I fell in love for the first time when I was about 4 years old — with the piano. Even now I struggle to describe its sound — deeply resonant and full, percussive yet smooth — that completely captivates me. It’s a full SSAATTBB choir, an orchestra with as many violas as the heart desires, all conducted in one instrument.
As soon as I started taking lessons, I worked with determination to play everything flawlessly, to keep accelerating until I could create that sound and do justice to the instrument. I kept my wrists leveled, my fingers arched, my nails cut short. I followed each dynamic marking religiously, each crescendo and decrescendo rising and falling in numerically spaced increments. The metronome became my heartbeat, Circadian rhythm, blinking speed.
I progressed as I’d hoped, but I didn’t feel nearly the same way listening to myself play as I did listening to Rubenstein and Brendel. It really wasn’t until a few years later that my piano teacher at the time stopped me during a lesson, midway through a Chopin waltz, and took the sheet music away. “You have this memorized already,” she said. “Start over, and try singing as you play.”
Contrary to what my teacher thought, I wasn’t even close to memorizing all of the intricacies of the piece. Yet, even after nervously playing just a couple of lines, I started to hear it: the piece felt like a true dance, teeming with life and vitality, introspection and emotion. It was genuine music.
Especially during senior year, a lot of us have had to quantify our lives on paper in 650 words or fewer. Our daily activities are measured by hours spent and leadership titles, our knowledge and wisdom measured by a triple-beam balance of SAT scores, ACT scores, and GPA, our self-worth measured by awards and honors and college name.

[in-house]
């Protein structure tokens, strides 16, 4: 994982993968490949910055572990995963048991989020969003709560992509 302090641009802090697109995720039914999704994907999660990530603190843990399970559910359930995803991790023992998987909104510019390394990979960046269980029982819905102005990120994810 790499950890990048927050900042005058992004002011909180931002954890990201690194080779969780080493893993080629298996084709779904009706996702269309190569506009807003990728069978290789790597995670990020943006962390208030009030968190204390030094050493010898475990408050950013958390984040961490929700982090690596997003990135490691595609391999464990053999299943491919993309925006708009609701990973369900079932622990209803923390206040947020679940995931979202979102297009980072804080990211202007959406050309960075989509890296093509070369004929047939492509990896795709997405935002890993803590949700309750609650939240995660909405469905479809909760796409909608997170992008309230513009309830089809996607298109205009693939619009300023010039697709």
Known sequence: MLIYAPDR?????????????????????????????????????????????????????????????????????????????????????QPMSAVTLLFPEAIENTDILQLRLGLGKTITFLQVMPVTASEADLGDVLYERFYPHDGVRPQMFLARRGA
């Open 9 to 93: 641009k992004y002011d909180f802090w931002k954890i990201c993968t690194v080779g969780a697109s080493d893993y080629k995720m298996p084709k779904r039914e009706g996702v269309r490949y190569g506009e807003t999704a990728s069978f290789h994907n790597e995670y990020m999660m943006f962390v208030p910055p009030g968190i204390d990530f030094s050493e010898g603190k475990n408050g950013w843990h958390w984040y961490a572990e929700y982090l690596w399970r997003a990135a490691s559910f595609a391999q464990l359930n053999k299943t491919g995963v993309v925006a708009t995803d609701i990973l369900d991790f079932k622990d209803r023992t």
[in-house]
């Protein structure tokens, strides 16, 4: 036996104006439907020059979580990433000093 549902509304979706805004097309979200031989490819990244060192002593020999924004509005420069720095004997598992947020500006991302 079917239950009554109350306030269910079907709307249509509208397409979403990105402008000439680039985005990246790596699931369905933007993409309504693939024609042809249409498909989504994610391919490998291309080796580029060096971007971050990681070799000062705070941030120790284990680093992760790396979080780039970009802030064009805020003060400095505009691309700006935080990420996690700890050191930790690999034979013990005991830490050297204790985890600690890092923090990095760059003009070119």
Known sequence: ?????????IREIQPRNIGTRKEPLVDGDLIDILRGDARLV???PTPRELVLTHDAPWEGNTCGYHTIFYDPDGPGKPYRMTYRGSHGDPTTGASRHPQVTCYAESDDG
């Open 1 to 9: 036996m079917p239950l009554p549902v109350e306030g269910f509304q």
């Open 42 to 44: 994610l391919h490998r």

However, when I remember my four years of high school and even the nine years that came before, I don’t remember the quantities. It’s the same with my piano experience — I don’t remember counting all 88 keys, measuring my growth as a musician by the number of pages of music I memorized. All I remember are the moments when I finally learned to play a piece to its fullest potential when I had captured all the subtleties, the life, the passion; when each slightly drawn back rubato made the heart ache; when I sounded the final chord of a long sonata or concerto and it rang throughout the room.
I remember still getting lost three weeks into my freshman year. When it comes to Julius Caesar, I will never forget that MLA in-text citations don’t include a comma and that “Caesar has seizures by the seashore” (Sheridan 2011). I remember our lab group of sophomores in AP Chemistry and the day someone brought in a wrench to Select World Lit. I remember building a parachute junior year that really just wasn’t a parachute.
Finally, senior year. Strangely enough, I don’t think I’ll remember what I wrote on my college applications or how many A’s I earned. I will definitely remember, though, my debate partner and I both nearly falling asleep at the Yale Osterweis tournament before discovering that we had to debate again in the final round. I’ll remember chasing my cat around my room at 2 a.m. to take a picture of him for my Presidential Scholars application (don’t ask). I’ll remember singing Benediction during my last Madrigals class and the entire alto section bursting into tears. I’ll remember walking to the Levitt Pavilion at 8 p.m. on the 22nd of November, looking over the dark water under the stars and feeling like the happiest person in the universe.
Without a doubt, there could have been no 13 years of school without grades, testing, a gradual progression of classes and difficulty, a lot of skills learned and a lot of knowledge gained. It’s the backbone of every piece of music, the foundation of who we become. But the part of all my years of school that brings the music to life will be those subtleties, those moments of laughter and sadness and failure and triumph that turn notes into music, that turn numbers and fragmented events into a story.